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New JRC report on the 2015 Status of Geothermal Energy, EU Commission

EU Commission, Brussels (source: flickr/ Andrew Gustar, creative commons)
Alexander Richter 13 Jan 2016

In a new report by the Joint Research Center, a status report on geothermal energy is given in Europe, with a focus on identification of research needs as well as market status, developments and outlook.

The EU Commission has released a new Joint Research Center Report for the Status of Geothermal Energy 2015.

The report is an update of the 2014 JRC Geothermal Energy Status Report by the Joint Research Centre’s Institute for Energy and Transport, so the introduction. “While the 2014 report gave an overview of the geothermal sector in the EU, including technology descriptions, this second version focuses more on identification of research needs as well as market status, developments and outlook. Finally a special chapter is provided on Engineered Geothermal Systems (EGS).

This report presents the current status of the major geothermal energy technologies ranging from ground source heat pump systems, direct use facilities to geothermal power plants. Power production from hydrother-mal resources where natural permeability coincides with hot bedrocks is a mature technology. The same is true for direct use systems and ground source heat pumps. Power and heat production from engineered geothermal systems where there is either a lack of thermal convection or where permeability has to be artificially created is less mature and needs further development and support.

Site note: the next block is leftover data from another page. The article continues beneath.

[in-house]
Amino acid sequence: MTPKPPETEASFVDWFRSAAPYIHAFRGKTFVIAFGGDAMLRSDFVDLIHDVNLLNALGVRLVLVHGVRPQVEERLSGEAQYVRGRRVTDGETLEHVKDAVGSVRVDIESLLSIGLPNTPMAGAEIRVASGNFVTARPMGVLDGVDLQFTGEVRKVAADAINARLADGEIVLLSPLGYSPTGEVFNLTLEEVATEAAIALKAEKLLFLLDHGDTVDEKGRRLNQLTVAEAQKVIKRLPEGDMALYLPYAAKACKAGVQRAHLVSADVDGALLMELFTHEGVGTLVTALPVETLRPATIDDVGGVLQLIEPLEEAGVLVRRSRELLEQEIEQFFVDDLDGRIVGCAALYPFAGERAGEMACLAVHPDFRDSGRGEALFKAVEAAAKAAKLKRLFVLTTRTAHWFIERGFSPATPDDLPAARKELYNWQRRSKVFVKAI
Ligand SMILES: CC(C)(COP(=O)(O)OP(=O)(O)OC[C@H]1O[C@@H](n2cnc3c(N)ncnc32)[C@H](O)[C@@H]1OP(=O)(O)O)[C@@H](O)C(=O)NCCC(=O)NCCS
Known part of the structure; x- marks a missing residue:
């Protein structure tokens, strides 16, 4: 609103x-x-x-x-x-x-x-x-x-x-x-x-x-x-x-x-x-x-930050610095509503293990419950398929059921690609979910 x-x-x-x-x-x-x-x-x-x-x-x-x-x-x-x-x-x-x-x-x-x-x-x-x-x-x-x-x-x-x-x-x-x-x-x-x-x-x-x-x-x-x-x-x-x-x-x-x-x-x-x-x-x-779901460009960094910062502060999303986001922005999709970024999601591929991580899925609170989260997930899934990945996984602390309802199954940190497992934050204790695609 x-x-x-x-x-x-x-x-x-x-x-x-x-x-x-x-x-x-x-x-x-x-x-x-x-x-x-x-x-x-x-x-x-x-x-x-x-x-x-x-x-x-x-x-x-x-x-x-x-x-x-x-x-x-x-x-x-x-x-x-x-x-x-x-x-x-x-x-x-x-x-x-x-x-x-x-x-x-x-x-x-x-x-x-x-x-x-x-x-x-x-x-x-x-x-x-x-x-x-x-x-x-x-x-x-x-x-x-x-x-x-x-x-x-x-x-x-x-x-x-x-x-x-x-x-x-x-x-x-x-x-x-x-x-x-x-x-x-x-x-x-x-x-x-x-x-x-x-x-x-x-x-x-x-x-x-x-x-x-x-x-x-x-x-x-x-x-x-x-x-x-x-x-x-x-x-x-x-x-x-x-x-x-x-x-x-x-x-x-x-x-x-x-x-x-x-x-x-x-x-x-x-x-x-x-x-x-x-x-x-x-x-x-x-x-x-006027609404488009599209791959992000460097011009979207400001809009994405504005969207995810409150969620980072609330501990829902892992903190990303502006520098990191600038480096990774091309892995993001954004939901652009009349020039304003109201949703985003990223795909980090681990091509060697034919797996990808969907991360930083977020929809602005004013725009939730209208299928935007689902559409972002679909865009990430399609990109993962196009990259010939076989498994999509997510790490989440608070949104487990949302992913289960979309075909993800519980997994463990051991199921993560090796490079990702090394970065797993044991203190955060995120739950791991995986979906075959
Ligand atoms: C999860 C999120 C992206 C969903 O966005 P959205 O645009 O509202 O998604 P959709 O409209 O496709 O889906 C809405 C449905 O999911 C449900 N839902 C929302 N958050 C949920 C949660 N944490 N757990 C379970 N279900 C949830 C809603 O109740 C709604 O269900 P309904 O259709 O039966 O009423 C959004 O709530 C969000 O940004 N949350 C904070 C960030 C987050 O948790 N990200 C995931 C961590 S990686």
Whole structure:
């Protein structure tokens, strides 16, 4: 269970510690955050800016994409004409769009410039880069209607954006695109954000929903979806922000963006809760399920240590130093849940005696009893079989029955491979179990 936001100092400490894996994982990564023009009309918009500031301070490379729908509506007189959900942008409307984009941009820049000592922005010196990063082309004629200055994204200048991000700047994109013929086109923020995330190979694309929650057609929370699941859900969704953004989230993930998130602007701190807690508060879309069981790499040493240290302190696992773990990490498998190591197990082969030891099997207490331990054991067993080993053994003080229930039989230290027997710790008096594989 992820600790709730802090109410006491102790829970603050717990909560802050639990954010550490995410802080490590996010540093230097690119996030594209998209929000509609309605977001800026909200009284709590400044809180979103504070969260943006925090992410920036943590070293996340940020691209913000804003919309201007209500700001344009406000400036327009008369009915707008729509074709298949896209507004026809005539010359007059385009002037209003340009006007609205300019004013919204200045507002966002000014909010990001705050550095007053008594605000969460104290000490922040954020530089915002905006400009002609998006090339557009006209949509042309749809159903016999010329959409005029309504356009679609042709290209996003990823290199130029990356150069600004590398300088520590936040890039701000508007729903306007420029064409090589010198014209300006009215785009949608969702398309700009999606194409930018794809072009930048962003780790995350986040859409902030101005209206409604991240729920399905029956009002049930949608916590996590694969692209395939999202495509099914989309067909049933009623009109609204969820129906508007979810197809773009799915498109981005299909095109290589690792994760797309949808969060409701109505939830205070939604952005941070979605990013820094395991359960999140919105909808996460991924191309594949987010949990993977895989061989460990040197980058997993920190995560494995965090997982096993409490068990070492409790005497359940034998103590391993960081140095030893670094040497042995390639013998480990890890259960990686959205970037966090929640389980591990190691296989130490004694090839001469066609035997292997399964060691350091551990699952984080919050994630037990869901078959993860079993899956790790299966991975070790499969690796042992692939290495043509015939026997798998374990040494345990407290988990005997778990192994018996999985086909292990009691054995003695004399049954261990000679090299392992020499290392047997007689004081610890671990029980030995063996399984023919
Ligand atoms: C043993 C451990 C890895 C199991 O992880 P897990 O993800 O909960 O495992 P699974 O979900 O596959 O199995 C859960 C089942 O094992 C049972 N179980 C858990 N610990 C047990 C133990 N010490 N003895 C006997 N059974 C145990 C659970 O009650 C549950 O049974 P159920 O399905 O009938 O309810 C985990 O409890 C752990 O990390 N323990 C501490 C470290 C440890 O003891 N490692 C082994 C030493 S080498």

Currently, geothermal energy provides 0.2 % of EU final electricity demand. In addition, about 36000 GWh of heat are produced by direct use systems and ground source heat pumps.

In order to expand the potential for geothermal power production, focus should be made on facilitating the deployment of engineered geothermal systems. A special chapter in this year’s edition gives an overview of past and current engineered geothermal systems projects worldwide and identifies issues needed to overcome in order to enable further deployment of the technology. Increased deployment may be achieved by first proofing the applicability of the method in various geological media, followed by decreasing the risk of project failure by continuous development on reservoir identification, stimulation and management methods, both leading to higher chance of more favourable financing.

The advances should progress alongside development of cheaper drilling technologies. Finally there is a need for increasing public awareness of the technology.”

The report can be downloaded here (pdf).

Source: EU Commission Joint Research Center